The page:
There is nothing like an IT project disaster to spur the arrival of a new broom designed to ensure that it will never happen again.
Until next time.
According to the Queensland Courier-Mail in Australia, every computer system used across Queensland’s public service will be probed for flaws and inefficiencies under a A$5.2m audit set up to head off another costly IT project.
It follows the emergence of problems with a Queensland Health health payroll project which is now being audited after it was revealed that the costs required to put the project right would increase to over $400 million.
Newly appointed Queensland IT Minister Ros Bates ordered the audit to uncover how IT is being used across the government’s 19 departments and find where savings can be made.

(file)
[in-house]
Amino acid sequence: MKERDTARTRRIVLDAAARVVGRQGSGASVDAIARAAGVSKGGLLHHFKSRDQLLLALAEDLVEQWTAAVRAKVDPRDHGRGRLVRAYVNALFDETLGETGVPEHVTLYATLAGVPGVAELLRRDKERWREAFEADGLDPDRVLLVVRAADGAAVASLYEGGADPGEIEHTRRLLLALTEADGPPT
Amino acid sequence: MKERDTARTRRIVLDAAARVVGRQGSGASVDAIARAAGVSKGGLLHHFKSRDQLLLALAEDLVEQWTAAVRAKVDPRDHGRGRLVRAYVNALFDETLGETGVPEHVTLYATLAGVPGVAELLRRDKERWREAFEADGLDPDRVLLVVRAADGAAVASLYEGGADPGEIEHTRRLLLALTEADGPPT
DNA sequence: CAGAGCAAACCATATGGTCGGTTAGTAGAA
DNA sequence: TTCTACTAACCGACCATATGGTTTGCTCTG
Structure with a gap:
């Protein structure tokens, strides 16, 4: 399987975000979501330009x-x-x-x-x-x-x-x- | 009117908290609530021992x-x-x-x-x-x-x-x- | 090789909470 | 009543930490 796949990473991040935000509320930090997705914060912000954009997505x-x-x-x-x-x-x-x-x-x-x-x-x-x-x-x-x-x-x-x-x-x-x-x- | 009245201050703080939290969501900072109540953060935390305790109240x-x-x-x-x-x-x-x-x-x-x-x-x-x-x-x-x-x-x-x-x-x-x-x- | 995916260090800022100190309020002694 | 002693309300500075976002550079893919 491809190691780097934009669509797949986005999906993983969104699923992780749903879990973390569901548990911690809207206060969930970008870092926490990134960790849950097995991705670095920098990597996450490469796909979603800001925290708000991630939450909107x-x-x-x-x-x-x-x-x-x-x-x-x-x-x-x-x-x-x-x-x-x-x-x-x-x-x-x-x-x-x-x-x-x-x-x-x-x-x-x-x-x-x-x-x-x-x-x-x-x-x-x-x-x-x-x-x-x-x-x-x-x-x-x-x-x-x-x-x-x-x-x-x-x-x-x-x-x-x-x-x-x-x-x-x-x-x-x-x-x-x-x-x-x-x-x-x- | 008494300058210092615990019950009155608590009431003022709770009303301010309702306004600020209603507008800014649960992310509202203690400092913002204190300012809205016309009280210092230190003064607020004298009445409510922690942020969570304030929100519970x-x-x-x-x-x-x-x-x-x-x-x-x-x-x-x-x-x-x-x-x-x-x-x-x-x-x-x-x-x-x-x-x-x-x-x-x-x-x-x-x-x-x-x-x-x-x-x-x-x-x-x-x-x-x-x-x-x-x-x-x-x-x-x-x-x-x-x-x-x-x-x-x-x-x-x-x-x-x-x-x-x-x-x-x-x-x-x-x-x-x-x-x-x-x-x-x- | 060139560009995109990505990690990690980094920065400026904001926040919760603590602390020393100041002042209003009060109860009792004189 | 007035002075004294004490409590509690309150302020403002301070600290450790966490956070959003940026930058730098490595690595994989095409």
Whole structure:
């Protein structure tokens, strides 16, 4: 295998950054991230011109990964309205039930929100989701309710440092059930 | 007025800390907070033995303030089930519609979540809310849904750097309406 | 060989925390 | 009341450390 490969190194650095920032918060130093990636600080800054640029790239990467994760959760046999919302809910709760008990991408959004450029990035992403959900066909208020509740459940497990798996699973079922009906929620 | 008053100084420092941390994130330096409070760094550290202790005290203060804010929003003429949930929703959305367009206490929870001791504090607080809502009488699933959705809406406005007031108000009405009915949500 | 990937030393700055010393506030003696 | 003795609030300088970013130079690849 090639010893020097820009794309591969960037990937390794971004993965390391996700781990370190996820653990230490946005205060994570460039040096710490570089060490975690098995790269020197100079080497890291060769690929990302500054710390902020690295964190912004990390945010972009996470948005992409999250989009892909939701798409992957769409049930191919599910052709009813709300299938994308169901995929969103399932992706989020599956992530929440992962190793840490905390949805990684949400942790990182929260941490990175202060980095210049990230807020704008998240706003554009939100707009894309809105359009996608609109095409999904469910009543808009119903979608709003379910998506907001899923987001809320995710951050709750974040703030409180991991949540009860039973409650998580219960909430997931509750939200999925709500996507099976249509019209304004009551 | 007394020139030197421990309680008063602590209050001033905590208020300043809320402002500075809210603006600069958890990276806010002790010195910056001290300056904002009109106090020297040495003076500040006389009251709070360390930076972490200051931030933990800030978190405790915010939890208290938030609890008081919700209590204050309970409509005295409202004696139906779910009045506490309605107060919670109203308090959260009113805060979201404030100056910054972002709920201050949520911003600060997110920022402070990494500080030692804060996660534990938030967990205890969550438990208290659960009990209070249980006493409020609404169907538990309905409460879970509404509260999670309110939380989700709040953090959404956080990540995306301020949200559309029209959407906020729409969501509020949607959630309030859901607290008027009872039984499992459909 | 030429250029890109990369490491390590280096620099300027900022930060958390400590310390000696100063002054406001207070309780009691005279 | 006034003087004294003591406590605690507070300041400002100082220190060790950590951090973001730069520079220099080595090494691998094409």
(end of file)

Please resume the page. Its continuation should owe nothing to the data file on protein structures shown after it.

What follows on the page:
The audit team, which comprises a seconded army of 32 public servants, will present its findings by the end of October.
In addition to the audit, as part of a push to achieve government IT efficiencies, departmental chief information officers have been stripped of their autonomy and will now report to the Queensland Government CIO.
Meanwhile, despite its payroll project problems, Queensland Health has won an excellence in eGovernment award for a project dubbed ‘The Viewer’ that has streamlined how clinicians access patient information about their patients.
The Viewer is a read-only web-based application that sources key patient information from existing Queensland Health systems, providing consolidated information in one place.
Before the project’s implementation, patient data was stored in a range of paper and electronic record systems in over 260 different facilities.